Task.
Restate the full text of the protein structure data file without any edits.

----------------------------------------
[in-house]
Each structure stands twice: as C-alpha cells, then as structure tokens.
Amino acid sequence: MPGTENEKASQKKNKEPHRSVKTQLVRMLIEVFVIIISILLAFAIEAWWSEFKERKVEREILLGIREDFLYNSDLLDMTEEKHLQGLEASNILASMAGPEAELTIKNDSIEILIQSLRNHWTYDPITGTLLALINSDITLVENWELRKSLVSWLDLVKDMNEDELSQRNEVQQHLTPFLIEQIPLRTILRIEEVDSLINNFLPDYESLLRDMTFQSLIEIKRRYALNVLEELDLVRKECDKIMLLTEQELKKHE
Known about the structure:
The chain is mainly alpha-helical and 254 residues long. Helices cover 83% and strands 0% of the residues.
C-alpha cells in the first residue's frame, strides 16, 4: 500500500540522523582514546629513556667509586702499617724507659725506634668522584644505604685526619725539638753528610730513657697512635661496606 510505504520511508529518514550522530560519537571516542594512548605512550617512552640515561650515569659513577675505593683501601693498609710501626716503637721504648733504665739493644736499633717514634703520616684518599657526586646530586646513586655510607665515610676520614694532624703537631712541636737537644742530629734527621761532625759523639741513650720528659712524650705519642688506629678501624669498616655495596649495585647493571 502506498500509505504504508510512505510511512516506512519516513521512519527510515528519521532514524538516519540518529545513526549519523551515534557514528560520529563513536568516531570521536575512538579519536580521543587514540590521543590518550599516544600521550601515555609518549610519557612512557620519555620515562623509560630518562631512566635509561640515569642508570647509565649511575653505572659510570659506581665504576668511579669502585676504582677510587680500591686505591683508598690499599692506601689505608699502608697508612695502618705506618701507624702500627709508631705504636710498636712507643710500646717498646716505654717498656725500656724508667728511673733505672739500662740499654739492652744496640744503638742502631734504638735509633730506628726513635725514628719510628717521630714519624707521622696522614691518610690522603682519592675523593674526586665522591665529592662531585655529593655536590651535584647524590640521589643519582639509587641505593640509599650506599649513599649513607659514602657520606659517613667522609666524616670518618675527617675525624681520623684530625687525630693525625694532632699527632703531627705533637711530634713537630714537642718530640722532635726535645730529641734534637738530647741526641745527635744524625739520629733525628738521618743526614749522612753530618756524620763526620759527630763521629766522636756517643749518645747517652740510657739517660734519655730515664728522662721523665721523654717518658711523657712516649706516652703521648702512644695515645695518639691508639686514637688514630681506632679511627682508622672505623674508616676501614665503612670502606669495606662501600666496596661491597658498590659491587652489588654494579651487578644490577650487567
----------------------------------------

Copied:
[in-house]
Each structure stands twice: as C-alpha cells, then as structure tokens.
Amino acid sequence: MPGTENEKASQKKNKEPHRSVKTQLVRMLIEVFVIIISILLAFAIEAWWSEFKERKVEREILLGIREDFLYNSDLLDMTEEKHLQGLEASNILASMAGPEAELTIKNDSIEILIQSLRNHWTYDPITGTLLALINSDITLVENWELRKSLVSWLDLVKDMNEDELSQRNEVQQHLTPFLIEQIPLRTILRIEEVDSLINNFLPDYESLLRDMTFQSLIEIKRRYALNVLEELDLVRKECDKIMLLTEQELKKHE
Known about the structure:
The chain is mainly alpha-helical and 254 residues long. Helices cover 83% and strands 0% of the residues.
C-alpha cells in the first residue's frame, strides 16, 4: 500500500540522523582514546629513556667509586702499617724507659725506634668522584644505604685526619725539638753528610730513657697512635661496606 510505504520511508529518514550522530560519537571516542594512548605512550617512552640515561650515569659513577675505593683501601693498609710501626716503637721504648733504665739493644736499633717514634703520616684518599657526586646530586646513586655510607665515610676520614694532624703537631712541636737537644742530629734527621761532625759523639741513650720528659712524650705519642688506629678501624669498616655495596649495585647493571 502506498500509505504504508510512505510511512516506512519516513521512519527510515528519521532514524538516519540518529545513526549519523551515534557514528560520529563513536568516531570521536575512538579519536580521543587514540590521543590518550599516544600521550601515555609518549610519557612512557620519555620515562623509560630518562631512566635509561640515569642508570647509565649511575653505572659510570659506581665504576668511579669502585676504582677510587680500591686505591683508598690499599692506601689505608699502608697508612695502618705506618701507624702500627709508631705504636710498636712507643710500646717498646716505654717498656725500656724508667728511673733505672739500662740499654739492652744496640744503638742502631734504638735509633730506628726513635725514628719510628717521630714519624707521622696522614691518610690522603682519592675523593674526586665522591665529592662531585655529593655536590651535584647524590640521589643519582639509587641505593640509599650506599649513599649513607659514602657520606659517613667522609666524616670518618675527617675525624681520623684530625687525630693525625694532632699527632703531627705533637711530634713537630714537642718530640722532635726535645730529641734534637738530647741526641745527635744524625739520629733525628738521618743526614749522612753530618756524620763526620759527630763521629766522636756517643749518645747517652740510657739517660734519655730515664728522662721523665721523654717518658711523657712516649706516652703521648702512644695515645695518639691508639686514637688514630681506632679511627682508622672505623674508616676501614665503612670502606669495606662501600666496596661491597658498590659491587652489588654494579651487578644490577650487567